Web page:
That narrative has been vital to western efforts at justifying regime change in a key Middle Eastern state resistant to US-Israeli-Saudi hegemony in the region. The narrative has also been useful in “humanising” the head-chopping extremists of Islamic State and al-Qaeda – which were in control of the areas where these alleged attacks took place – making it easier for the west to support them in a proxy war to oust Assad, a battle that has created untold misery for Syrians.
But the OPCW is no longer the independent, respected expert body it once was. Long ago it fell under effective US control – back in 2003 when its first director-general, Jose Bustani, was forced out by Washington in the run-up to the attack of Iraq. That was when the US needed to manufacture a false pretext for invasion by suggesting that Baghdad had weapons of mass destruction. US official John Bolton even threatened Bustani’s children so desperate was George W Bush’s administration to cow the agency.
In Syria, the post-Bustani OPCW has been the lynchpin of the US narrative spin against Assad. Basic investigative protocols have been discarded by the OPCW, such as the requirement of a “chain of custody” to ensure any samples handed to it can be properly attributed. Instead the OPCW has implicated the Syrian government in the alleged chemical attacks based on samples collected by Islamist extremists desperate to justify more western meddling against Assad to bolster their own rule in Syria.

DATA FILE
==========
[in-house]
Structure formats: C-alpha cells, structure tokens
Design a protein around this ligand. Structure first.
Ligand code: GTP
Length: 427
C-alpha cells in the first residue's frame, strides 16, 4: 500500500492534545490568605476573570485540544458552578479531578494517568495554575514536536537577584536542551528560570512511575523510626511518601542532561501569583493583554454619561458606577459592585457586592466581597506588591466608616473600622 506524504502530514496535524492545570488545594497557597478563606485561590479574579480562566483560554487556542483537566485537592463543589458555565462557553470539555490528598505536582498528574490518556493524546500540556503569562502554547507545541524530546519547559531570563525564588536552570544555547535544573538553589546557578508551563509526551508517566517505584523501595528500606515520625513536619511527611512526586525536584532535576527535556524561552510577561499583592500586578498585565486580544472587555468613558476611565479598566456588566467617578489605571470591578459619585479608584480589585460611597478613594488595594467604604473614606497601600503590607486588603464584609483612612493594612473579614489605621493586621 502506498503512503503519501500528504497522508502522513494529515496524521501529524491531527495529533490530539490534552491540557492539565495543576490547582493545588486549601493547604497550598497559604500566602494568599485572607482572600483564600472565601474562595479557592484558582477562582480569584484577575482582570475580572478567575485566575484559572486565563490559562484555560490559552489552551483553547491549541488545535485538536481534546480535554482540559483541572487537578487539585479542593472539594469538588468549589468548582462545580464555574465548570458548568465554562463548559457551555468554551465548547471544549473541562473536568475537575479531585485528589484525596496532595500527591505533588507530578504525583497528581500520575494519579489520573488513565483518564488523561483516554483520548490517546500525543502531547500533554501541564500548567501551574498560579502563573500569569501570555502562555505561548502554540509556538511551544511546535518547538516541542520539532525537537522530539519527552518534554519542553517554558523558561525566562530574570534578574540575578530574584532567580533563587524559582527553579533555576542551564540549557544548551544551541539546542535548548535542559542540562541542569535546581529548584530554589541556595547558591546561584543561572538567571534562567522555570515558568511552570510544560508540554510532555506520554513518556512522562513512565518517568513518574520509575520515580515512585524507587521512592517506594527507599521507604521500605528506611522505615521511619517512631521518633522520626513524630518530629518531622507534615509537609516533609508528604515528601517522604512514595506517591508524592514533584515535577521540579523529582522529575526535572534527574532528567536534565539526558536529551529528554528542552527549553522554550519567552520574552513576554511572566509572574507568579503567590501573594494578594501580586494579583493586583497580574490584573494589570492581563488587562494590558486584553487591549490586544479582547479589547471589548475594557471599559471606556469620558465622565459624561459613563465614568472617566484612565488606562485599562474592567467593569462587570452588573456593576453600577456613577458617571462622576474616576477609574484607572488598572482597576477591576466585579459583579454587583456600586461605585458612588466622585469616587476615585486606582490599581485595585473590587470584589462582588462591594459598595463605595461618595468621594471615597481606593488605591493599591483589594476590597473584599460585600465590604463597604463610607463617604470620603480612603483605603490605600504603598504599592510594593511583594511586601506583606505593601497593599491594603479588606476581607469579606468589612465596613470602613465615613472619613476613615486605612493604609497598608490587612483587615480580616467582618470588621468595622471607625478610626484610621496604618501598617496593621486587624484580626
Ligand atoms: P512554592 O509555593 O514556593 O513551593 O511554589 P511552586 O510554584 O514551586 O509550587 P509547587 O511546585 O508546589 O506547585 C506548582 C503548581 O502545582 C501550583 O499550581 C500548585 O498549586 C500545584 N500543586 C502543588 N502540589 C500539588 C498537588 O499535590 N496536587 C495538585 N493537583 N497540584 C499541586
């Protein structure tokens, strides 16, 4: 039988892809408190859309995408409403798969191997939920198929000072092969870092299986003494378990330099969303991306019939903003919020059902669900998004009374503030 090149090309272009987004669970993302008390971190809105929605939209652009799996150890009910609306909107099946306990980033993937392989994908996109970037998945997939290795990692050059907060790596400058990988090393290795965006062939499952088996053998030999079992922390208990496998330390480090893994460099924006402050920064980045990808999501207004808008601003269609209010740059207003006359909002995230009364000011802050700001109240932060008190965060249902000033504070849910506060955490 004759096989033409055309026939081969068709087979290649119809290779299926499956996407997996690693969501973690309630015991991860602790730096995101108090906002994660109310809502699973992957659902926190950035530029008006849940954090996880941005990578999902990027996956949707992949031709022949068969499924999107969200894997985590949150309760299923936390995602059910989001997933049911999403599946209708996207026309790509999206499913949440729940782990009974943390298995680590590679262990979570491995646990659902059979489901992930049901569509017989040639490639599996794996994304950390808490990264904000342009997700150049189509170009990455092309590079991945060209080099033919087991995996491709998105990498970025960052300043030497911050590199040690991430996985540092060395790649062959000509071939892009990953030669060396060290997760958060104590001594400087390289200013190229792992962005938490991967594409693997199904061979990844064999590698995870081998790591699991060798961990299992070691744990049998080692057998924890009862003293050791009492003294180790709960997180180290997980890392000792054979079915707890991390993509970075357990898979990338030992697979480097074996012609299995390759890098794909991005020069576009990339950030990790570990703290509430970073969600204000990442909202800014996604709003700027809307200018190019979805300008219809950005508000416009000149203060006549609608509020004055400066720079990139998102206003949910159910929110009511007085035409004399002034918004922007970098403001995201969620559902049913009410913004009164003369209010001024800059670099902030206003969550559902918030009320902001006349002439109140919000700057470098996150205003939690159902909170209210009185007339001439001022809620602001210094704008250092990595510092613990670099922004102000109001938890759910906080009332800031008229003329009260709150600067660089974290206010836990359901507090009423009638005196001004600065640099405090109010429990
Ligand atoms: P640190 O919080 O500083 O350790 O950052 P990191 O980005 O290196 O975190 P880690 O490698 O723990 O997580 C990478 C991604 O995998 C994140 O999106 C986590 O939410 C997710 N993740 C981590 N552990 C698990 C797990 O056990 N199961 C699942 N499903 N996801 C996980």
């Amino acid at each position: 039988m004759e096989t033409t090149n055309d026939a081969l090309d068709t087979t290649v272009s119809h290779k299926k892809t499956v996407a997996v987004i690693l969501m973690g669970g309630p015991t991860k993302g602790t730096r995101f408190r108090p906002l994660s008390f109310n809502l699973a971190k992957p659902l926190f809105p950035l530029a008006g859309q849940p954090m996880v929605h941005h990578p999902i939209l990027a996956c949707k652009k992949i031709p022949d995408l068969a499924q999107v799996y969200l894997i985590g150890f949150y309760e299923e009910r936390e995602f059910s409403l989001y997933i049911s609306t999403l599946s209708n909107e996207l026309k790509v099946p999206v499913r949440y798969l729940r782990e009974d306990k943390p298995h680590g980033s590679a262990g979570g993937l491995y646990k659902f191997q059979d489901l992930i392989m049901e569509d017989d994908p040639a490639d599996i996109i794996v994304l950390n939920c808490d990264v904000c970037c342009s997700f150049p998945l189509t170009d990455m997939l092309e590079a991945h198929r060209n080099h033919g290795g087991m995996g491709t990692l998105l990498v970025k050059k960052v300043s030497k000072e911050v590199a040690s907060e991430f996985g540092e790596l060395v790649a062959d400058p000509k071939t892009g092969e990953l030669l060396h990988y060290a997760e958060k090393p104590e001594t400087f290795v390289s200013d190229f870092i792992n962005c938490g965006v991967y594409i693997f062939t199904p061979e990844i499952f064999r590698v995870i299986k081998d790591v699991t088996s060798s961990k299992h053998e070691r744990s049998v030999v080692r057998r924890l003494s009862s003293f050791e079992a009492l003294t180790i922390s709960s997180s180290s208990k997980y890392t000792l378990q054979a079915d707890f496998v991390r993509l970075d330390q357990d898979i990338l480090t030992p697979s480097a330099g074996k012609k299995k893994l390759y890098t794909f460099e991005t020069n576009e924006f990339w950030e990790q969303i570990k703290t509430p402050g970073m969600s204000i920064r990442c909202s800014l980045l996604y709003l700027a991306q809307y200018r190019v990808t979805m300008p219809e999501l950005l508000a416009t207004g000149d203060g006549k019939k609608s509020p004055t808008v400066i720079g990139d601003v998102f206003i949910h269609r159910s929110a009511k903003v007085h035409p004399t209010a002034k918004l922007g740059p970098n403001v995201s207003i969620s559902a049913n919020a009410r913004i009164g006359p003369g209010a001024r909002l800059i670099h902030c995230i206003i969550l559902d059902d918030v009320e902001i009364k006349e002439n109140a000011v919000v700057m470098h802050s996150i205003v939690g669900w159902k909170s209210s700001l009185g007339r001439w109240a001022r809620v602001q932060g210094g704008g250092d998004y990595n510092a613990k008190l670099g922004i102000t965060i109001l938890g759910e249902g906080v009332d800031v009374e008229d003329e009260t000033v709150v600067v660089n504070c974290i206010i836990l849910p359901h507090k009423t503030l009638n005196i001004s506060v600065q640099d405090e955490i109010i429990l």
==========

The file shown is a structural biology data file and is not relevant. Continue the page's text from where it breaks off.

The first real test of the chemical weapons narrative came last year in Douma, where the Islamists argued that they had again been attacked. That claim led to the US, Britain and France launching missile strikes on Syrian positions in violation of international law.
Days later the Islamists lost control of the city to Assad’s forces and for the first time OPCW inspectors were able to visit the scene of an alleged attack themselves and collect their own samples.
Douma findings distorted
The official report into Douma, published earlier this year, appeared to confirm the US narrative. It hinted strongly that the Syrian air force had dropped two bombs located by the OPCW and that those sites had tested positive for the chemical chlorine.